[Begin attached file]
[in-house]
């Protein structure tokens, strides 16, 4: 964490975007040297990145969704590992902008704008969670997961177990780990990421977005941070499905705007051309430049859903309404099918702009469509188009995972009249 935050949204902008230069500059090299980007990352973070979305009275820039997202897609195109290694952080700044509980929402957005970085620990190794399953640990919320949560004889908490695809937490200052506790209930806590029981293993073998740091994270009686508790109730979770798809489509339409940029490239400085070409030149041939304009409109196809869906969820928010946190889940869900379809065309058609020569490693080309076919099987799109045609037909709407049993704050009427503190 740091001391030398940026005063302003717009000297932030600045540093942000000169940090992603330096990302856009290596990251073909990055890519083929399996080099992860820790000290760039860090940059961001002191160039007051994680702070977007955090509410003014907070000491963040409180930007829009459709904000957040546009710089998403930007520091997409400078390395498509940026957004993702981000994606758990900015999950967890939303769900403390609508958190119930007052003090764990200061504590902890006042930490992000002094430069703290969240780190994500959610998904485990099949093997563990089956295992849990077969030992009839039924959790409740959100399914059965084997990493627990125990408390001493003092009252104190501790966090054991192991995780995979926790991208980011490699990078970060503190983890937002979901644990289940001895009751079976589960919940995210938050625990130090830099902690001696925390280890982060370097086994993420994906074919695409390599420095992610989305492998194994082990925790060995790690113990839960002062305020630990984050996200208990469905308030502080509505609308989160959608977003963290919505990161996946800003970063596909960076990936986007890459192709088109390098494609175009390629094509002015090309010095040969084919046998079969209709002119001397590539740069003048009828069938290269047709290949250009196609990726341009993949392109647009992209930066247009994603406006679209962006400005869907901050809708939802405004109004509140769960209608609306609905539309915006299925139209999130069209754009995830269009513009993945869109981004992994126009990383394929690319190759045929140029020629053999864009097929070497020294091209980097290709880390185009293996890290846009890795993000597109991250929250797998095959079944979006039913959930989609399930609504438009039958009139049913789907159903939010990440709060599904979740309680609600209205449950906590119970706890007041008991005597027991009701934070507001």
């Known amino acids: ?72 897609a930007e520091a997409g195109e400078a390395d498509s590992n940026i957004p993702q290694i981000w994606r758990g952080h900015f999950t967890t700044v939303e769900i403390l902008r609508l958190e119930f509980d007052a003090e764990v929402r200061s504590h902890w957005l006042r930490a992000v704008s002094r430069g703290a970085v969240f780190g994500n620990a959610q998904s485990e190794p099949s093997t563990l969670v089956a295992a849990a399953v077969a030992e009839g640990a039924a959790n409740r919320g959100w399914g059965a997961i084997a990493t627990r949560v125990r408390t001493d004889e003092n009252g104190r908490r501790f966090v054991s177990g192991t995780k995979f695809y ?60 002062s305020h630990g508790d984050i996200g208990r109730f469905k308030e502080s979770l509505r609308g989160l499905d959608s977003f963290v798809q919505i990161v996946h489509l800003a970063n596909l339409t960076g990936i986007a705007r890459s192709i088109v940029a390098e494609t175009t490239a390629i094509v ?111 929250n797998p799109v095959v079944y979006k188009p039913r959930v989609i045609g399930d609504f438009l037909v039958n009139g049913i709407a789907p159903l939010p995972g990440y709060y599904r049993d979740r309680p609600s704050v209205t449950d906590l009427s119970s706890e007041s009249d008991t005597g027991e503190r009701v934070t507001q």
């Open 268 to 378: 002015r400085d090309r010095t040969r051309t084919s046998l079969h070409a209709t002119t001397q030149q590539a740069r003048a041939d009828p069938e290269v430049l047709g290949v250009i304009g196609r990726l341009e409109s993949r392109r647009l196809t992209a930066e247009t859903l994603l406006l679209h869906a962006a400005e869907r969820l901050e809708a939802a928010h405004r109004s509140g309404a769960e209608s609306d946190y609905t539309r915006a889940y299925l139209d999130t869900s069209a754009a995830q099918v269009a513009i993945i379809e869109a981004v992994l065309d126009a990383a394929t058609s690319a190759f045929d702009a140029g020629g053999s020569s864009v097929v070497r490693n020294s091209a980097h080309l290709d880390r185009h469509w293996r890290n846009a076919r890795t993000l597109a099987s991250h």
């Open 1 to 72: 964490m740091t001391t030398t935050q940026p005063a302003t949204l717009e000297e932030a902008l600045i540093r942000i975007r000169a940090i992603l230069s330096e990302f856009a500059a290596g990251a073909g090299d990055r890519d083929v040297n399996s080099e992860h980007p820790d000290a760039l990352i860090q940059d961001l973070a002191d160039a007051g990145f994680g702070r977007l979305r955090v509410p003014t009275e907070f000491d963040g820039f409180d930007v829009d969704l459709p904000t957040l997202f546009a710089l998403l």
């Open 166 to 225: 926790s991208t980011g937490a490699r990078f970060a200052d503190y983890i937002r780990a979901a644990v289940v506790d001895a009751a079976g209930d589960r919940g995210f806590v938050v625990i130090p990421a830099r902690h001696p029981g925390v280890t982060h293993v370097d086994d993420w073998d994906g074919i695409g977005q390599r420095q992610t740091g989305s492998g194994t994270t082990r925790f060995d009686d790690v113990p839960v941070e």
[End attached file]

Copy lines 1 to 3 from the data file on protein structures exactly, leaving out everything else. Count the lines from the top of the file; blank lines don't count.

[in-house]
């Protein structure tokens, strides 16, 4: 964490975007040297990145969704590992902008704008969670997961177990780990990421977005941070499905705007051309430049859903309404099918702009469509188009995972009249 935050949204902008230069500059090299980007990352973070979305009275820039997202897609195109290694952080700044509980929402957005970085620990190794399953640990919320949560004889908490695809937490200052506790209930806590029981293993073998740091994270009686508790109730979770798809489509339409940029490239400085070409030149041939304009409109196809869906969820928010946190889940869900379809065309058609020569490693080309076919099987799109045609037909709407049993704050009427503190 740091001391030398940026005063302003717009000297932030600045540093942000000169940090992603330096990302856009290596990251073909990055890519083929399996080099992860820790000290760039860090940059961001002191160039007051994680702070977007955090509410003014907070000491963040409180930007829009459709904000957040546009710089998403930007520091997409400078390395498509940026957004993702981000994606758990900015999950967890939303769900403390609508958190119930007052003090764990200061504590902890006042930490992000002094430069703290969240780190994500959610998904485990099949093997563990089956295992849990077969030992009839039924959790409740959100399914059965084997990493627990125990408390001493003092009252104190501790966090054991192991995780995979926790991208980011490699990078970060503190983890937002979901644990289940001895009751079976589960919940995210938050625990130090830099902690001696925390280890982060370097086994993420994906074919695409390599420095992610989305492998194994082990925790060995790690113990839960002062305020630990984050996200208990469905308030502080509505609308989160959608977003963290919505990161996946800003970063596909960076990936986007890459192709088109390098494609175009390629094509002015090309010095040969084919046998079969209709002119001397590539740069003048009828069938290269047709290949250009196609990726341009993949392109647009992209930066247009994603406006679209962006400005869907901050809708939802405004109004509140769960209608609306609905539309915006299925139209999130069209754009995830269009513009993945869109981004992994126009990383394929690319190759045929140029020629053999864009097929070497020294091209980097290709880390185009293996890290846009890795993000597109991250929250797998095959079944979006039913959930989609399930609504438009039958009139049913789907159903939010990440709060599904979740309680609600209205449950906590119970706890007041008991005597027991009701934070507001």
């Known amino acids: ?72 897609a930007e520091a997409g195109e400078a390395d498509s590992n940026i957004p993702q290694i981000w994606r758990g952080h900015f999950t967890t700044v939303e769900i403390l902008r609508l958190e119930f509980d007052a003090e764990v929402r200061s504590h902890w957005l006042r930490a992000v704008s002094r430069g703290a970085v969240f780190g994500n620990a959610q998904s485990e190794p099949s093997t563990l969670v089956a295992a849990a399953v077969a030992e009839g640990a039924a959790n409740r919320g959100w399914g059965a997961i084997a990493t627990r949560v125990r408390t001493d004889e003092n009252g104190r908490r501790f966090v054991s177990g192991t995780k995979f695809y ?60 002062s305020h630990g508790d984050i996200g208990r109730f469905k308030e502080s979770l509505r609308g989160l499905d959608s977003f963290v798809q919505i990161v996946h489509l800003a970063n596909l339409t960076g990936i986007a705007r890459s192709i088109v940029a390098e494609t175009t490239a390629i094509v ?111 929250n797998p799109v095959v079944y979006k188009p039913r959930v989609i045609g399930d609504f438009l037909v039958n009139g049913i709407a789907p159903l939010p995972g990440y709060y599904r049993d979740r309680p609600s704050v209205t449950d906590l009427s119970s706890e007041s009249d008991t005597g027991e503190r009701v934070t507001q």